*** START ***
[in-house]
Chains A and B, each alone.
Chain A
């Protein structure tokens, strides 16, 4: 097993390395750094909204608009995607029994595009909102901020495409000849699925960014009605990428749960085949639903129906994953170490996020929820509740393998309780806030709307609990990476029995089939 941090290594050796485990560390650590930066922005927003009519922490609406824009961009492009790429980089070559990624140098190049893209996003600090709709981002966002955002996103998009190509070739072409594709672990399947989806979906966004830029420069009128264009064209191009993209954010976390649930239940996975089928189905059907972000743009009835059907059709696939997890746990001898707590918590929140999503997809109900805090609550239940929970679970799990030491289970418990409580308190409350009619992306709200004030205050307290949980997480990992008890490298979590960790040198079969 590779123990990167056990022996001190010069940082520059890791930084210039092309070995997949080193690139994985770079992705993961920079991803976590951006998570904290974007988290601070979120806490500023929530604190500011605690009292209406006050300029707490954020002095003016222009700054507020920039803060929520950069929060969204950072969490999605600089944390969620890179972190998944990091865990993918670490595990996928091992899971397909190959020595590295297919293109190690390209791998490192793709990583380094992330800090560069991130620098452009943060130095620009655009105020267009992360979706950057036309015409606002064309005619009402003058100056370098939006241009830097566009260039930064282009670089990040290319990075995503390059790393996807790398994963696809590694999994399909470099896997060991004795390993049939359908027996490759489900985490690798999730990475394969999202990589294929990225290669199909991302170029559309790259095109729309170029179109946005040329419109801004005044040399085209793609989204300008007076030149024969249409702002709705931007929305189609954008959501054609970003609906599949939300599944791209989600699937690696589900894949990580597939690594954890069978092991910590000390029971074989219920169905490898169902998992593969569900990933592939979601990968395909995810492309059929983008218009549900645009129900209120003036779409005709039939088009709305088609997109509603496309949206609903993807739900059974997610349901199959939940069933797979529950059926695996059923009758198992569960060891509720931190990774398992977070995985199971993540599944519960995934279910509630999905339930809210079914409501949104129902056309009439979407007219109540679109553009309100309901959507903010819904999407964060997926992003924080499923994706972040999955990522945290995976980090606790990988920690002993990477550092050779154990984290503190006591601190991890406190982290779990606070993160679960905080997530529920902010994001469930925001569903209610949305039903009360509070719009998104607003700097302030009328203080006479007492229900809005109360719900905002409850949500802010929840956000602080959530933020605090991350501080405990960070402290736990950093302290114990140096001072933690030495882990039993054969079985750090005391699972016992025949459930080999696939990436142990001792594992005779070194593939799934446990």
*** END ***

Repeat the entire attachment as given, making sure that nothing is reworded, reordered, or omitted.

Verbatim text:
[in-house]
Chains A and B, each alone.
Chain A
């Protein structure tokens, strides 16, 4: 097993390395750094909204608009995607029994595009909102901020495409000849699925960014009605990428749960085949639903129906994953170490996020929820509740393998309780806030709307609990990476029995089939 941090290594050796485990560390650590930066922005927003009519922490609406824009961009492009790429980089070559990624140098190049893209996003600090709709981002966002955002996103998009190509070739072409594709672990399947989806979906966004830029420069009128264009064209191009993209954010976390649930239940996975089928189905059907972000743009009835059907059709696939997890746990001898707590918590929140999503997809109900805090609550239940929970679970799990030491289970418990409580308190409350009619992306709200004030205050307290949980997480990992008890490298979590960790040198079969 590779123990990167056990022996001190010069940082520059890791930084210039092309070995997949080193690139994985770079992705993961920079991803976590951006998570904290974007988290601070979120806490500023929530604190500011605690009292209406006050300029707490954020002095003016222009700054507020920039803060929520950069929060969204950072969490999605600089944390969620890179972190998944990091865990993918670490595990996928091992899971397909190959020595590295297919293109190690390209791998490192793709990583380094992330800090560069991130620098452009943060130095620009655009105020267009992360979706950057036309015409606002064309005619009402003058100056370098939006241009830097566009260039930064282009670089990040290319990075995503390059790393996807790398994963696809590694999994399909470099896997060991004795390993049939359908027996490759489900985490690798999730990475394969999202990589294929990225290669199909991302170029559309790259095109729309170029179109946005040329419109801004005044040399085209793609989204300008007076030149024969249409702002709705931007929305189609954008959501054609970003609906599949939300599944791209989600699937690696589900894949990580597939690594954890069978092991910590000390029971074989219920169905490898169902998992593969569900990933592939979601990968395909995810492309059929983008218009549900645009129900209120003036779409005709039939088009709305088609997109509603496309949206609903993807739900059974997610349901199959939940069933797979529950059926695996059923009758198992569960060891509720931190990774398992977070995985199971993540599944519960995934279910509630999905339930809210079914409501949104129902056309009439979407007219109540679109553009309100309901959507903010819904999407964060997926992003924080499923994706972040999955990522945290995976980090606790990988920690002993990477550092050779154990984290503190006591601190991890406190982290779990606070993160679960905080997530529920902010994001469930925001569903209610949305039903009360509070719009998104607003700097302030009328203080006479007492229900809005109360719900905002409850949500802010929840956000602080959530933020605090991350501080405990960070402290736990950093302290114990140096001072933690030495882990039993054969079985750090005391699972016992025949459930080999696939990436142990001792594992005779070194593939799934446990």